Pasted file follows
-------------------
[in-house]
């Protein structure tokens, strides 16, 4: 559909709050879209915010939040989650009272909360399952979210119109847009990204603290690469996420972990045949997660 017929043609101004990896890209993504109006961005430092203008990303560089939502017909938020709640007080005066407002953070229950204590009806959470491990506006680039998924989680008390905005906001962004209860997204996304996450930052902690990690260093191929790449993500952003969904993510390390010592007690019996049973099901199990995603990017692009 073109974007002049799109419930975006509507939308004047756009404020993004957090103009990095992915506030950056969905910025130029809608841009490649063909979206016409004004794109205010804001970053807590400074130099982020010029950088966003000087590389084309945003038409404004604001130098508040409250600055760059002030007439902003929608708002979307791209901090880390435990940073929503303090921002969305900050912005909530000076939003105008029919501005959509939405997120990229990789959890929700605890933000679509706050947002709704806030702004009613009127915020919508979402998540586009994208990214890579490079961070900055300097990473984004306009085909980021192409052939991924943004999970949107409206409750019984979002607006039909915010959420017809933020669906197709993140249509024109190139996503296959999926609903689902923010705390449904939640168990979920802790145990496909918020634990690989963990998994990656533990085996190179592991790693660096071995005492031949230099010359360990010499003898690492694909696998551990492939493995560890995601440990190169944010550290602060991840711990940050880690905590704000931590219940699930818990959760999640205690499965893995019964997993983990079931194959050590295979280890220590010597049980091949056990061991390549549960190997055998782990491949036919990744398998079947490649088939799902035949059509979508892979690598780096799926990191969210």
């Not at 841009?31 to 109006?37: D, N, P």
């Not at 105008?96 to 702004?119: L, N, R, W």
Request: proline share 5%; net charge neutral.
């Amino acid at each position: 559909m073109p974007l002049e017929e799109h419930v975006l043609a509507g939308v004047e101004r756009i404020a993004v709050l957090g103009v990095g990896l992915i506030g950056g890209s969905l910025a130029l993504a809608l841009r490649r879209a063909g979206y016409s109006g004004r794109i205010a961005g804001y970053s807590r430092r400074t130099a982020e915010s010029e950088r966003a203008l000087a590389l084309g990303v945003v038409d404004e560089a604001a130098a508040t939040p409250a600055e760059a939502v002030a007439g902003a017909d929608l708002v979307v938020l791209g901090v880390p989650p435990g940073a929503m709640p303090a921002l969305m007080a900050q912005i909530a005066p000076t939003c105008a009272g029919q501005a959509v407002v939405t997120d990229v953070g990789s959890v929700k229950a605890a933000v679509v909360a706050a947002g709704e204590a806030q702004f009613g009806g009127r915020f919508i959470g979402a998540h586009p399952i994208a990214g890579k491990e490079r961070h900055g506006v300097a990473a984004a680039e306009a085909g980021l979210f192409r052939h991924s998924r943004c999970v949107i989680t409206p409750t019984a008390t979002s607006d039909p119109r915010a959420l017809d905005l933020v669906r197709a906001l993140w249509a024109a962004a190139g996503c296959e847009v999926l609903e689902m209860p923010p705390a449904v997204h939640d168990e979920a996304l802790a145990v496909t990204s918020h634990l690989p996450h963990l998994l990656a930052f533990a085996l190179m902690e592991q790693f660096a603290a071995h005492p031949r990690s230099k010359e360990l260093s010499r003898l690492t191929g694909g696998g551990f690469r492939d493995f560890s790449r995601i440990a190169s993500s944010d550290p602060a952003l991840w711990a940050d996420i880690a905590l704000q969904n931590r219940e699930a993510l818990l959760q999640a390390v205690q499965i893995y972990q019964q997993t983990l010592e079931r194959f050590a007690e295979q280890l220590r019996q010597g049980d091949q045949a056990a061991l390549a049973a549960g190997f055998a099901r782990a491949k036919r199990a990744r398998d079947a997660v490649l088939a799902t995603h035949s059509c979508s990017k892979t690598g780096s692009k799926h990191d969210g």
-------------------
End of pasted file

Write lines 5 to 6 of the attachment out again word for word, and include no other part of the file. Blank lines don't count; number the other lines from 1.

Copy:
Request: proline share 5%; net charge neutral.
């Amino acid at each position: 559909m073109p974007l002049e017929e799109h419930v975006l043609a509507g939308v004047e101004r756009i404020a993004v709050l957090g103009v990095g990896l992915i506030g950056g890209s969905l910025a130029l993504a809608l841009r490649r879209a063909g979206y016409s109006g004004r794109i205010a961005g804001y970053s807590r430092r400074t130099a982020e915010s010029e950088r966003a203008l000087a590389l084309g990303v945003v038409d404004e560089a604001a130098a508040t939040p409250a600055e760059a939502v002030a007439g902003a017909d929608l708002v979307v938020l791209g901090v880390p989650p435990g940073a929503m709640p303090a921002l969305m007080a900050q912005i909530a005066p000076t939003c105008a009272g029919q501005a959509v407002v939405t997120d990229v953070g990789s959890v929700k229950a605890a933000v679509v909360a706050a947002g709704e204590a806030q702004f009613g009806g009127r915020f919508i959470g979402a998540h586009p399952i994208a990214g890579k491990e490079r961070h900055g506006v300097a990473a984004a680039e306009a085909g980021l979210f192409r052939h991924s998924r943004c999970v949107i989680t409206p409750t019984a008390t979002s607006d039909p119109r915010a959420l017809d905005l933020v669906r197709a906001l993140w249509a024109a962004a190139g996503c296959e847009v999926l609903e689902m209860p923010p705390a449904v997204h939640d168990e979920a996304l802790a145990v496909t990204s918020h634990l690989p996450h963990l998994l990656a930052f533990a085996l190179m902690e592991q790693f660096a603290a071995h005492p031949r990690s230099k010359e360990l260093s010499r003898l690492t191929g694909g696998g551990f690469r492939d493995f560890s790449r995601i440990a190169s993500s944010d550290p602060a952003l991840w711990a940050d996420i880690a905590l704000q969904n931590r219940e699930a993510l818990l959760q999640a390390v205690q499965i893995y972990q019964q997993t983990l010592e079931r194959f050590a007690e295979q280890l220590r019996q010597g049980d091949q045949a056990a061991l390549a049973a549960g190997f055998a099901r782990a491949k036919r199990a990744r398998d079947a997660v490649l088939a799902t995603h035949s059509c979508s990017k892979t690598g780096s692009k799926h990191d969210g």